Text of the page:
Jessica Jackson Hutchins at the Timothy Taylor Gallery, London, from January 31 to March 8, 2014
Hutchins’ practice is a hybrid thing, one that restlessly evolves and engages with a multiplicity of formal vocabularies, from the absurd to the profound; the personal to the universal, in a permanent state of irony. The work is primarily made out of the ‘stuff in the room’, everyday household items: clothing, furniture, photographs, which bear the marks of time on their worn surfaces and are altered further by Hutchins’ interventions.
M, N, OH, 2013, takes a found sofa – a reoccurring object in Hutchins’ lexicon ¬– from which she builds a towering wall of plaster, extruding upwards from its cushions. This totemic mass, both obelisk and cliff, acts as a pedestal for a ceramic vessel, which in turn weighs down her husband’s old shirt that hangs from the edge. The letters from the title appear on the work – ‘M’ is found on the ceramic and ‘N’ is formed by papier-mâché across the plaster. The presence of the male figure, in the form of the shirt, elicits the ‘oh!’. This playfulness with materials, language and tone is central to Hutchins’ work.
In Pink on the Inside, 2013, an armchair acts as a plinth to an anthropomorphic vessel. The slumping form, part bodily stand-in, part performance prop, is ambiguous in its role and purpose as it hunches over the upholstered surface. It adopts a human-like quality like much of Hutchins’ sculptural forms, yet refrains from being simplistically figurative; a sophisticated collision of references and associations is at play here. As with the found objects and their personal histories, the sculptural interventions also carry the history of their own production. Colin Lang notes in the publication to accompany the recent museums shows, ‘Hutchins is an archeologist; one who excavates the present.’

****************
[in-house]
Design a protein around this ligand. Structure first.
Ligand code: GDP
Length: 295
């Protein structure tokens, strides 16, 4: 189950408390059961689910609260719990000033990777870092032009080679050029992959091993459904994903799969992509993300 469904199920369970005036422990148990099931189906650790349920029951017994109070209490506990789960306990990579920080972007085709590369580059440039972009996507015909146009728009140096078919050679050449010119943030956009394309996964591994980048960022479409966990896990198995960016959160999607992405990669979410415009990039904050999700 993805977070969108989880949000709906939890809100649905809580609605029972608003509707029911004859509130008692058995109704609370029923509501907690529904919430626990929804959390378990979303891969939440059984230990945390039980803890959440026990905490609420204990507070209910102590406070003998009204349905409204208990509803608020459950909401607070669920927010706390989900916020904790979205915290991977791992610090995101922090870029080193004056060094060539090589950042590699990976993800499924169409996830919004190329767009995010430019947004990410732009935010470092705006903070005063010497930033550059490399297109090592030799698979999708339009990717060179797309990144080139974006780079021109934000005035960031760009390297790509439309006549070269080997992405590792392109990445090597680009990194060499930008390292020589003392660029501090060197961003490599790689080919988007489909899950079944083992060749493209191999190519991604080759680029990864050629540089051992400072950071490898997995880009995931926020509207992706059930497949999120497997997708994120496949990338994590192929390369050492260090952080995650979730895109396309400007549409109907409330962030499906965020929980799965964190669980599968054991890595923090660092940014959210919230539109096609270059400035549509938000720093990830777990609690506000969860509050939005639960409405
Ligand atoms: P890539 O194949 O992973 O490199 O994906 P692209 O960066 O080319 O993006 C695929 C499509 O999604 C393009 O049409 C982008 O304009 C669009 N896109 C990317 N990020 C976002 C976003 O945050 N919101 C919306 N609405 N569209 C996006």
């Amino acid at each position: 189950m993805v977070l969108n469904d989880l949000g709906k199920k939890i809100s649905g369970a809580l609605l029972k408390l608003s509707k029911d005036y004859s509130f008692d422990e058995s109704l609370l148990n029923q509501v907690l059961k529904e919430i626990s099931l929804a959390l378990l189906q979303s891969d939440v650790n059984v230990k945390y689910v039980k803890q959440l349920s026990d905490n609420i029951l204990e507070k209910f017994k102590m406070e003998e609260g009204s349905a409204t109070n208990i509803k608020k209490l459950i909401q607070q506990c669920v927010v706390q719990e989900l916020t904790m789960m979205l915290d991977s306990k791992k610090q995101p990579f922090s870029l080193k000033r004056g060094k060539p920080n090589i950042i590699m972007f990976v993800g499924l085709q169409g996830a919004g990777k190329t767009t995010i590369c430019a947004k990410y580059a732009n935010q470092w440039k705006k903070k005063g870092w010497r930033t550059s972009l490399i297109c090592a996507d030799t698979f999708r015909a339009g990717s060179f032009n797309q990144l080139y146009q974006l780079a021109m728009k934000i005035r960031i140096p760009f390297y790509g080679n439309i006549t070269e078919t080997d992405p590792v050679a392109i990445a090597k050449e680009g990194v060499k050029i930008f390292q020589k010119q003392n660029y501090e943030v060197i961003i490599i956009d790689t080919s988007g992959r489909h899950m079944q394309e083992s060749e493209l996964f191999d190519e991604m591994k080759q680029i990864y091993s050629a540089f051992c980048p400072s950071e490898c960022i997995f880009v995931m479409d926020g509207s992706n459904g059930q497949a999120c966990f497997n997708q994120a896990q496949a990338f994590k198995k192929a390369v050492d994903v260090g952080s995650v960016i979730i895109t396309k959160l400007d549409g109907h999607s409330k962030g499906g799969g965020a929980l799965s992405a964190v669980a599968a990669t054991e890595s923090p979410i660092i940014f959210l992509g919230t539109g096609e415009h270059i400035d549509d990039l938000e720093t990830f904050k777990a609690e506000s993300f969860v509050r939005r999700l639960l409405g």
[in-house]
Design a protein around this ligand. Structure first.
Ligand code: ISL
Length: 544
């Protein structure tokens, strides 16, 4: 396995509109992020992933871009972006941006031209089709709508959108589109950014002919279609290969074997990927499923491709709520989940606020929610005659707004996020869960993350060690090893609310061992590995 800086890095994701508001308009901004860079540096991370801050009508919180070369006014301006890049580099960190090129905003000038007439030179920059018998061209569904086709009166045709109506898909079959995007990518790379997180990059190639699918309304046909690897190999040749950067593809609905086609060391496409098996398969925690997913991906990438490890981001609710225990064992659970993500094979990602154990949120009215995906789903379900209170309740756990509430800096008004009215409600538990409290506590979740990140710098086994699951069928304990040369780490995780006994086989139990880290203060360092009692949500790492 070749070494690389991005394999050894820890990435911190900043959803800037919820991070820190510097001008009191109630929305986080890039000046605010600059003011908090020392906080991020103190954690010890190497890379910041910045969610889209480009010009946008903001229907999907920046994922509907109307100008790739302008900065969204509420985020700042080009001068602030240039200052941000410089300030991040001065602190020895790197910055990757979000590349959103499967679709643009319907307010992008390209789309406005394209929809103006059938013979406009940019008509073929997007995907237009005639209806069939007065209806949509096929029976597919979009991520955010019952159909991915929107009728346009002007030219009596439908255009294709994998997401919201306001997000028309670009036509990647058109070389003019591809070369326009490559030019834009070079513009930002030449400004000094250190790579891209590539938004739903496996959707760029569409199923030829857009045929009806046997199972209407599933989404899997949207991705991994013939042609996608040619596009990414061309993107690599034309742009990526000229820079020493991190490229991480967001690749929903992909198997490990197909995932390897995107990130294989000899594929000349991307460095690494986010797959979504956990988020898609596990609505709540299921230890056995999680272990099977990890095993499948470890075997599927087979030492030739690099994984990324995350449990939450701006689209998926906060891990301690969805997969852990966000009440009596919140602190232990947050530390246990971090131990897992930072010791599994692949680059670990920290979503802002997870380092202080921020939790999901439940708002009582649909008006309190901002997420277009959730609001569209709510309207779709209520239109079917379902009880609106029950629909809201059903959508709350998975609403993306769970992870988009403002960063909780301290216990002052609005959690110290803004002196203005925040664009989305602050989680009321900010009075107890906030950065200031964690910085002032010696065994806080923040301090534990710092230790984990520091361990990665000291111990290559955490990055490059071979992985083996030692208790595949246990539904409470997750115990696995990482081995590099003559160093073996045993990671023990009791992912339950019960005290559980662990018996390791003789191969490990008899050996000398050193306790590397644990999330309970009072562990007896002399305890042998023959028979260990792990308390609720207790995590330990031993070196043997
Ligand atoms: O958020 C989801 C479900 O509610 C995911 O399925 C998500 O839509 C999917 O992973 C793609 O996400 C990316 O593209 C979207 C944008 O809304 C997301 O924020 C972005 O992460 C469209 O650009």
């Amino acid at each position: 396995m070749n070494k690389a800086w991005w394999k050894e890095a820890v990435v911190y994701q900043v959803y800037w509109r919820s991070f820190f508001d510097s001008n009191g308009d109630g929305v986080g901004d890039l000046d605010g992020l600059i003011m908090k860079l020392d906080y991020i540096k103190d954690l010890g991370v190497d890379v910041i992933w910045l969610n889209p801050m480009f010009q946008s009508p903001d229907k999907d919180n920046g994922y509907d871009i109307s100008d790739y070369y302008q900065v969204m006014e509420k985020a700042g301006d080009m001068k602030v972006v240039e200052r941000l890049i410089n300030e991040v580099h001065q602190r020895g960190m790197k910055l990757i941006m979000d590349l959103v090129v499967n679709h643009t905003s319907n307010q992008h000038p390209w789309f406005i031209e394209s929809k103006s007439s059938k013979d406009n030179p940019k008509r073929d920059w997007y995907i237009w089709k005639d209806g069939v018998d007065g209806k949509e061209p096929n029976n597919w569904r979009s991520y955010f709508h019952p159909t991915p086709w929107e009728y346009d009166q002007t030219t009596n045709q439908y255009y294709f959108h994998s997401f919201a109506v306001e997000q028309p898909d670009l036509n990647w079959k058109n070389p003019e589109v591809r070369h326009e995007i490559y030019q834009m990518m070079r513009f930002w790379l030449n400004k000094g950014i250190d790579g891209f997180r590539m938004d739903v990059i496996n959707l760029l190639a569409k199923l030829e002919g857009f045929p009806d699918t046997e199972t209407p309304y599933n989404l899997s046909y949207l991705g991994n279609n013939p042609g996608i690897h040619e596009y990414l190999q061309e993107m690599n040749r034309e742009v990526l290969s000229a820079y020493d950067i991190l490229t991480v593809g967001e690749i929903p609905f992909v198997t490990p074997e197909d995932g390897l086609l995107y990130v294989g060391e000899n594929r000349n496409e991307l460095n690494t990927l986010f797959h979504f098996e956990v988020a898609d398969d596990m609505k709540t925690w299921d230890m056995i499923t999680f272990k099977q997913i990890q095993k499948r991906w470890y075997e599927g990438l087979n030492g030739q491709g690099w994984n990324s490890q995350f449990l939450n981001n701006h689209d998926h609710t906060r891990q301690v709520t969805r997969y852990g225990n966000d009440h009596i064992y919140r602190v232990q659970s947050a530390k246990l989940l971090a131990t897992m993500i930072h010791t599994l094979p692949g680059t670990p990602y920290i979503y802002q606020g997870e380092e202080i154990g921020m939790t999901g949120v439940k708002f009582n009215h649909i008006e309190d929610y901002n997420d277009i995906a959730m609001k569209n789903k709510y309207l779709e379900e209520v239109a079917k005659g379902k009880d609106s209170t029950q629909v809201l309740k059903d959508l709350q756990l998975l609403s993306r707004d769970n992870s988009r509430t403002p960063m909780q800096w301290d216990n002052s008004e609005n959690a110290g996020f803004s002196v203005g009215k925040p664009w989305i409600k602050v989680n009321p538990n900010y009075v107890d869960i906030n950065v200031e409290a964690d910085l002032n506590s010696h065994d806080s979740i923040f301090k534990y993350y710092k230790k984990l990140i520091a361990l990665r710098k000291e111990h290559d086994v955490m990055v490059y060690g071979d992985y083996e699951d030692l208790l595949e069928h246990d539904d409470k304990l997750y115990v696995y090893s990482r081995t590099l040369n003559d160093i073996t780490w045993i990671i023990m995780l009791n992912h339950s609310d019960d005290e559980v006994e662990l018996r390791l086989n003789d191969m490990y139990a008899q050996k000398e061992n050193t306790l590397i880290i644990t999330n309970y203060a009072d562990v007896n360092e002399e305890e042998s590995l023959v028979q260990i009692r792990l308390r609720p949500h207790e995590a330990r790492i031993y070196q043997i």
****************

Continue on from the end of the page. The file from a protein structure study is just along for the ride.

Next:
This exhibition also features wall-based works including, Erblaut, 2013. Titled following a mistranslation of the German word for ‘allowed’ (erlaubt), the painting is composed of a re-stretched canvas with various inks, paints and materials permeating the unprimed surface. Hutchins flirts with what is ‘allowed’; the boundaries between each discipline bleed into one another; sculptures become plinths, canvasses support ceramic vessels or crumple awkwardly over industrial ladders; prints are juxtaposed with found objects. These forms are resolutely abstract yet they solicit ‘reading’. Their fragility and imperfections allude to the physicality of the human body yet they remain stubbornly indefinable. There is something inescapably primal to her work; appropriately ‘erblaut’ is loosely translated to ‘hereditary noise’, a noise from pre-history – the big bang.
Jessica Jackson Hutchins was born in Chicago in 1971 and gained her MFA from The School of the Art Institute of Chicago in 1999. She had her first solo exhibition in Europe at Timothy Taylor Gallery, London in October 2010, following her critically acclaimed inclusion in the 2010 Whitney Biennial. In 2011 she was included in the 11th Lyon Biennale and had solo exhibitions at the ICA Boston and the Atlanta Contemporary Art Center. In 2013 she had a solo exhibition at The Hepworth Wakefield, UK and Centre PasquArt in Biel, Switzerland, and participated in The Encyclopedic Palace exhibition at the 55th Venice Biennale. Forthcoming projects include a commission for The High Line, New York City (2014) and solo presentations at the Eli and Edythe Broad Museum at the Michigan State University (December 2013), Cleveland MOCA (January 2014) and the Aldrich Contemporary Art Museum in Connecticut (April 2014). Other projects in 2014 include a group exhibition Living in the material world at the Museum Haus Esters and Haus Lange, in Krefeld, Germany, and participation in the 5th edition of the prestigious international sculpture exhibition Lustwarande’14 – Rapture & Pain, Tilburg, The Netherlands, (June – September 2014.)
2013 saw the publication by The Hepworth Wakefield and Centre PasquArt, Biel of a fully illustrated catalogue Everything Erblaut, featuring texts by Kirsty Bell and Colin Lang, which gives a comprehensive overview of Hutchins’ work in the past 2 years of intensive production, including works in this exhibition.
Hutchins’ work is in public and private collections including the Whitney Museum of Art, New York; Brooklyn Museum of Art, New York; the Eli and Edythe Broad Art Museum, East Lansing, MI; the Portland Art Museum, Portland, Oregon; The Hammer Museum, Los Angeles; Seattle Art Museum, WA; and the Museum of Modern Art, New York.all images © the gallery and the artist(s)